• Number

  • Boolean (creates a checkbox users can mark)

  • Text

  • Category (you define the options that users choose from in a drop down list)

  • Date

  • Reference (which reference another artifact in Dataiku Govern, for example a specific governed Project)

  • File (allows users to upload a file)

  • Time Series (this is currently mainly used for models metrics graph, a field from this type cannot be edited directly from the GUI, only through the public API, or in a hook)

To edit (or view) these fields, users will need to have Write (or Read) permission for that blueprint or field.

Some constraints may be defined on fields depending on their type. For instance, a Number field can be constrained for its value to be only on an allowed range. A Reference field can be constrained on which allowed blueprints the reference item must be. Fields can also be defined as “required”. The “is List” checkbox allows users to add multiple values in a single field.

Views & View components

As explained in the previous section, a field is akin to a variable which stores a value of a specific type. In order to display or edit a field value on the object page, the field must be embedded in a graphical element. We call such an element, a view component.

Below is the comprehensive list of all view components in Govern for Read and Edit mode.

Field type

Read mode

Edit mode


../_images/view-component-number.png ../_images/view-component-number-edit.png


../_images/view-component-boolean.png ../_images/view-component-boolean-edit.png


../_images/view-component-text.png ../_images/view-component-text-edit.png


../_images/view-component-category.png ../_images/view-component-category-edit.png


../_images/view-component-date.png ../_images/view-component-date-edit.png


../_images/view-component-reference.png ../_images/view-component-reference-edit.png


../_images/view-component-file.png ../_images/view-component-file-edit.png

Time Serie

../_images/view-component-timeserie.png ../_images/view-component-timeserie-edit.png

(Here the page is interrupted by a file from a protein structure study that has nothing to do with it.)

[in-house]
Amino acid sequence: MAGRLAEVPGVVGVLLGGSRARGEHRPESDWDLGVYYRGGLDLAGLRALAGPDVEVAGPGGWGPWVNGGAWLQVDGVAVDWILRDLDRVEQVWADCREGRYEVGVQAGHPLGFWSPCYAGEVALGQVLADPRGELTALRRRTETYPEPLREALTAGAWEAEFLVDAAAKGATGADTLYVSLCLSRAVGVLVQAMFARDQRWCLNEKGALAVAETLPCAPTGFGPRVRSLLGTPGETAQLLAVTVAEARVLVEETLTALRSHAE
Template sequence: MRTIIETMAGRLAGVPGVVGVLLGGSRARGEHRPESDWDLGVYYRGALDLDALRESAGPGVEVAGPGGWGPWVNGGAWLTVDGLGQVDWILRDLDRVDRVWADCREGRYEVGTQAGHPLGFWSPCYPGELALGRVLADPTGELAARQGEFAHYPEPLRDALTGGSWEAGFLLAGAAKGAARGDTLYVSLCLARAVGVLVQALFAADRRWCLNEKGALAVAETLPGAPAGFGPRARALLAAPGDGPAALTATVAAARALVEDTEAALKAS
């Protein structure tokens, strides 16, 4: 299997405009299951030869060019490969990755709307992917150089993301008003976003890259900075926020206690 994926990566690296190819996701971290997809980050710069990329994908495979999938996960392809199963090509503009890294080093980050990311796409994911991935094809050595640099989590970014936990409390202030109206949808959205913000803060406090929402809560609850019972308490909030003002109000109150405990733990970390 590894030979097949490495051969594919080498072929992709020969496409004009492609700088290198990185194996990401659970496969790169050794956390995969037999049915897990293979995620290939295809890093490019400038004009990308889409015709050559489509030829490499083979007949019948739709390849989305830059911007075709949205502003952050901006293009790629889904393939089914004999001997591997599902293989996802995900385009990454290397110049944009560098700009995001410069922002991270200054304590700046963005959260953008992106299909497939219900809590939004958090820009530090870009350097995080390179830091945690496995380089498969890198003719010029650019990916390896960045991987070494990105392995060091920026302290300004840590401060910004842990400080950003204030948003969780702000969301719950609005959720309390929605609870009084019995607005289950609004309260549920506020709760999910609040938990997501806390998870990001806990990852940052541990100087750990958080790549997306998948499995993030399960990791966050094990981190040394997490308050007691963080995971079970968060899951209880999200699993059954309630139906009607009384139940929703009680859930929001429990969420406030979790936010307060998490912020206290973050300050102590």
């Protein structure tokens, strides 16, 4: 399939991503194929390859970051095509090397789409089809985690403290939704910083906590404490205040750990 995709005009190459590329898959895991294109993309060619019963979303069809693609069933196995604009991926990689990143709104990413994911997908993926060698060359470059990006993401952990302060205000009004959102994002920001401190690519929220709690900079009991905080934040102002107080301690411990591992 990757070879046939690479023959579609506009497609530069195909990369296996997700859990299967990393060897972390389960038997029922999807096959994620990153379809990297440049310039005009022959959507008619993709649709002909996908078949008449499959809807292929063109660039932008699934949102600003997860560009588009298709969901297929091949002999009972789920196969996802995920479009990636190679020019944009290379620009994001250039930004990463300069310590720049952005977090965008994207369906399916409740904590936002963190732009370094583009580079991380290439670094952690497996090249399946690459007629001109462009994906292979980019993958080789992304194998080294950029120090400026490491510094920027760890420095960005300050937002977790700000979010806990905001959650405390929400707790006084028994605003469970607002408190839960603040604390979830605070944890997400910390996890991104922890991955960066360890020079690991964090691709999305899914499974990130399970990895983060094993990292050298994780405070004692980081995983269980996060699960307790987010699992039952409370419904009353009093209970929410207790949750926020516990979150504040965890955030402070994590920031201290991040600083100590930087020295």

Views are a collection of view components that is aimed for a single purpose. For example, you can define a view for the Overview tab of an artifact (we call it the Main view), and one view for each step in a workflow. Once these views are created, users with appropriate permissions can input information into the fields in those views and read the information available from those fields.

The same Field can be added to multiple Views, for example if you want the relevant piece of information to appear on the Main view and on a workflow step. If a Field is used in multiple Views, if it is modified in any View, it will be changed in all of them.

Views come in two different layouts, Row and Card.

“Row” views are used as rows in tables.


“Card” views are used for all the other usages: in the Overview tab, in the Workflow steps, and in Reference fields.


When creating card views, you can add a single field in it or you can start by adding a container which will allow you to group fields together (“Add View Component” > at the top, change “Type” to “Container”). Then, you can add one or more fields to the container. You can also group fields together in separate groups by creating more containers within the top-level container.

As you’re adding fields to your view, use the three dot menu button on the right side of each field to add or delete fields. You can also rearrange the order using the three horizontal line button on each field listed in your view.


Hooks are used to automate actions related to artifacts in Dataiku Govern. They are written in Python and will be run during the artifacts lifecycle phases: CREATE, UPDATE, or DELETE. Which phases are selected to run a hook is configurable.

When you first create a hook, sample code will be included to demonstrate the available functionality. Some examples of how hooks can be used includes calculating a field based on other fields (for example, if you want to calculate a “risk score” based on inputs in a few different fields), or changing the owner of a project based on some criteria, or updating or creating an artifact based on some progress in a specific project or model.